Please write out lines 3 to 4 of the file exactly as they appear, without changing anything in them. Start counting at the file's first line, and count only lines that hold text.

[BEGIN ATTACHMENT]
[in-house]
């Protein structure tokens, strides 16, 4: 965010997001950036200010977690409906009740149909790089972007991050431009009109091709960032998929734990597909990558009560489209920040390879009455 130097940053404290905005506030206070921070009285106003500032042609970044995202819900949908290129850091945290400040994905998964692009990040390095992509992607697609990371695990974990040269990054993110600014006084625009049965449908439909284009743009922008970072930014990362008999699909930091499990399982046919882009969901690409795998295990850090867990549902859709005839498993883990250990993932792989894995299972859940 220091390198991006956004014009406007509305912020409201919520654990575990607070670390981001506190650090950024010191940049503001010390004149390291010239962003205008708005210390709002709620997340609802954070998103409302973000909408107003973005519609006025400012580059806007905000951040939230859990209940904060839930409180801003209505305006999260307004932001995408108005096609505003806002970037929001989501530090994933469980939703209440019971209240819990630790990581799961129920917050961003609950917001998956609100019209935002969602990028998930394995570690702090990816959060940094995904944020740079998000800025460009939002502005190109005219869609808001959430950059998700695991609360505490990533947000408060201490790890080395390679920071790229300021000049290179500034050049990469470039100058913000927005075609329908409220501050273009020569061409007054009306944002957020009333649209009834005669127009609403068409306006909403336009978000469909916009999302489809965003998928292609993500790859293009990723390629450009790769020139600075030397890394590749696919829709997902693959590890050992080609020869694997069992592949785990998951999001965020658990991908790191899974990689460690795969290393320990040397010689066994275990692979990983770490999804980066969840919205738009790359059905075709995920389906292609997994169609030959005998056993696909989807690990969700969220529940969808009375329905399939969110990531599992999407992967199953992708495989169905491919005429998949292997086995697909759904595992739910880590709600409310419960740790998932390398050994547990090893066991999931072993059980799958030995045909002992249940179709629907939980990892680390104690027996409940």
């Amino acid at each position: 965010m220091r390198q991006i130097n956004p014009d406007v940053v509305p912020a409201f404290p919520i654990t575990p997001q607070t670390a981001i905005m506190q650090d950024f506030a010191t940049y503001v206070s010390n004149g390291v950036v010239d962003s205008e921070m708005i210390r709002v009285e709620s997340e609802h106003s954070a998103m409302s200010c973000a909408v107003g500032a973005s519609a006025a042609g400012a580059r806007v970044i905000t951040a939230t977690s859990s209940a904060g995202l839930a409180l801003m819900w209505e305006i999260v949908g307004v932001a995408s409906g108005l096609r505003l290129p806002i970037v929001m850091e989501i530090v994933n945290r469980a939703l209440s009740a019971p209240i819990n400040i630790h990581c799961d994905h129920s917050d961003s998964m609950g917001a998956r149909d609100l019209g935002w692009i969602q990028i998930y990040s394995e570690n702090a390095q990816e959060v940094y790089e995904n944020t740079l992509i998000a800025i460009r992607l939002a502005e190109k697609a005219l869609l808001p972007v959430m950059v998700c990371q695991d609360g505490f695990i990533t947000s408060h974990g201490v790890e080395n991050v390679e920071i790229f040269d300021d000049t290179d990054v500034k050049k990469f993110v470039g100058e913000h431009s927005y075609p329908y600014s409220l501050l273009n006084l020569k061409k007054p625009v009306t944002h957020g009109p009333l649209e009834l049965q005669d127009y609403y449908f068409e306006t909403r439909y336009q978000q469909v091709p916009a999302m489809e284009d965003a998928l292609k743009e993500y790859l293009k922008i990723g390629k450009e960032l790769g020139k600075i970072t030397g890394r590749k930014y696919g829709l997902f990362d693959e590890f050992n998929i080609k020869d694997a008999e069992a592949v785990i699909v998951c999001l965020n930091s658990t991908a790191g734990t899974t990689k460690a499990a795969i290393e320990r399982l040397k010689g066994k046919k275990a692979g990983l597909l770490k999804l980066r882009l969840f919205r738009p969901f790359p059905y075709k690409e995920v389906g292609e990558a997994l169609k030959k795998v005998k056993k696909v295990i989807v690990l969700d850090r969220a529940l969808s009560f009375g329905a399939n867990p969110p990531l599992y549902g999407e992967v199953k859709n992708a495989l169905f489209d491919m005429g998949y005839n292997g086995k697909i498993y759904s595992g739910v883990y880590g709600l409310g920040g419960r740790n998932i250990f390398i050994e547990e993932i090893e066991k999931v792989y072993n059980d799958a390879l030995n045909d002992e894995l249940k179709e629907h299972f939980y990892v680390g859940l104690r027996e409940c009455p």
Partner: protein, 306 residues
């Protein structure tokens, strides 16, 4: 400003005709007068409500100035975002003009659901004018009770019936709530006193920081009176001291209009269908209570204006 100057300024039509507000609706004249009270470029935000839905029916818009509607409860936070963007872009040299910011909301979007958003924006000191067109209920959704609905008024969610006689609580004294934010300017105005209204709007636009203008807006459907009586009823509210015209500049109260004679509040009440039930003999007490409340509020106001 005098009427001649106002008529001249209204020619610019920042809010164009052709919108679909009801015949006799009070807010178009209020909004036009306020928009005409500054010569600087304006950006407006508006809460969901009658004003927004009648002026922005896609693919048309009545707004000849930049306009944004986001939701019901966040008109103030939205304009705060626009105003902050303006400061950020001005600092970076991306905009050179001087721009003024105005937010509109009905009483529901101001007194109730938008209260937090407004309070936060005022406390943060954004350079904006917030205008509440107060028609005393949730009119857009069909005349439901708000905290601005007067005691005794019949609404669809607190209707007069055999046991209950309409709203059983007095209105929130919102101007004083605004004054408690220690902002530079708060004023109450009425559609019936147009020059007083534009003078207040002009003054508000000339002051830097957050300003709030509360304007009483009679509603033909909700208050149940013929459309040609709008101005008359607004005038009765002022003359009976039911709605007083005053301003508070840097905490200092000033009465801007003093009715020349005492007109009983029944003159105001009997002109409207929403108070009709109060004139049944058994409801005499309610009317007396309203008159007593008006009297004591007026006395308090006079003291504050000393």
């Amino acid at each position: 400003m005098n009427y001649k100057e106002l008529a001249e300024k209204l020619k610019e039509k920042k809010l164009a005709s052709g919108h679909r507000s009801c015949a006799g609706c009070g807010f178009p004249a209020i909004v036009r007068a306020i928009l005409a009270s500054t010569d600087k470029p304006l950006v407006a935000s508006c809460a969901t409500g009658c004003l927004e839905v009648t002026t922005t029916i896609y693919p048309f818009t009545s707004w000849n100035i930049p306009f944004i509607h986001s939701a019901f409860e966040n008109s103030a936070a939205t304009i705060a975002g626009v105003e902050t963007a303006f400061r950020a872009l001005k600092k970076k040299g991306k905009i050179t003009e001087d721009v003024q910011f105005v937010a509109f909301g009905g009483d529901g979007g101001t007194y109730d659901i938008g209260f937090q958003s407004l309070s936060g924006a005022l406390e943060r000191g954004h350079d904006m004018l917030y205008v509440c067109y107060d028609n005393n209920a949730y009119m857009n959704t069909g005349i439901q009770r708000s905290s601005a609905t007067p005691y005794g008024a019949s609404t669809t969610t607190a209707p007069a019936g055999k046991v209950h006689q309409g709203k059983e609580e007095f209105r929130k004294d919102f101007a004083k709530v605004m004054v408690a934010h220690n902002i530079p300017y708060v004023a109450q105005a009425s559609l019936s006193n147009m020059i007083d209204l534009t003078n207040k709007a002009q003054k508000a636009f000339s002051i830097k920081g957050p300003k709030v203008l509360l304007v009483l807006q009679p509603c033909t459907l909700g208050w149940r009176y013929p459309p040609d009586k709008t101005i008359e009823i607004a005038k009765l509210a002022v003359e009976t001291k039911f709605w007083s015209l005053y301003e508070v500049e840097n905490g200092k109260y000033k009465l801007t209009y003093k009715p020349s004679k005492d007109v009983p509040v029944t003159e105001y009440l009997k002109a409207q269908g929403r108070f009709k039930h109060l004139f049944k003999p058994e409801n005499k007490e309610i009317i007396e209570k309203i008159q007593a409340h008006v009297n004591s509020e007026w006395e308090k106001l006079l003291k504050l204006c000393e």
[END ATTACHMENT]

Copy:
């Amino acid at each position: 965010m220091r390198q991006i130097n956004p014009d406007v940053v509305p912020a409201f404290p919520i654990t575990p997001q607070t670390a981001i905005m506190q650090d950024f506030a010191t940049y503001v206070s010390n004149g390291v950036v010239d962003s205008e921070m708005i210390r709002v009285e709620s997340e609802h106003s954070a998103m409302s200010c973000a909408v107003g500032a973005s519609a006025a042609g400012a580059r806007v970044i905000t951040a939230t977690s859990s209940a904060g995202l839930a409180l801003m819900w209505e305006i999260v949908g307004v932001a995408s409906g108005l096609r505003l290129p806002i970037v929001m850091e989501i530090v994933n945290r469980a939703l209440s009740a019971p209240i819990n400040i630790h990581c799961d994905h129920s917050d961003s998964m609950g917001a998956r149909d609100l019209g935002w692009i969602q990028i998930y990040s394995e570690n702090a390095q990816e959060v940094y790089e995904n944020t740079l992509i998000a800025i460009r992607l939002a502005e190109k697609a005219l869609l808001p972007v959430m950059v998700c990371q695991d609360g505490f695990i990533t947000s408060h974990g201490v790890e080395n991050v390679e920071i790229f040269d300021d000049t290179d990054v500034k050049k990469f993110v470039g100058e913000h431009s927005y075609p329908y600014s409220l501050l273009n006084l020569k061409k007054p625009v009306t944002h957020g009109p009333l649209e009834l049965q005669d127009y609403y449908f068409e306006t909403r439909y336009q978000q469909v091709p916009a999302m489809e284009d965003a998928l292609k743009e993500y790859l293009k922008i990723g390629k450009e960032l790769g020139k600075i970072t030397g890394r590749k930014y696919g829709l997902f990362d693959e590890f050992n998929i080609k020869d694997a008999e069992a592949v785990i699909v998951c999001l965020n930091s658990t991908a790191g734990t899974t990689k460690a499990a795969i290393e320990r399982l040397k010689g066994k046919k275990a692979g990983l597909l770490k999804l980066r882009l969840f919205r738009p969901f790359p059905y075709k690409e995920v389906g292609e990558a997994l169609k030959k795998v005998k056993k696909v295990i989807v690990l969700d850090r969220a529940l969808s009560f009375g329905a399939n867990p969110p990531l599992y549902g999407e992967v199953k859709n992708a495989l169905f489209d491919m005429g998949y005839n292997g086995k697909i498993y759904s595992g739910v883990y880590g709600l409310g920040g419960r740790n998932i250990f390398i050994e547990e993932i090893e066991k999931v792989y072993n059980d799958a390879l030995n045909d002992e894995l249940k179709e629907h299972f939980y990892v680390g859940l104690r027996e409940c009455p």
Partner: protein, 306 residues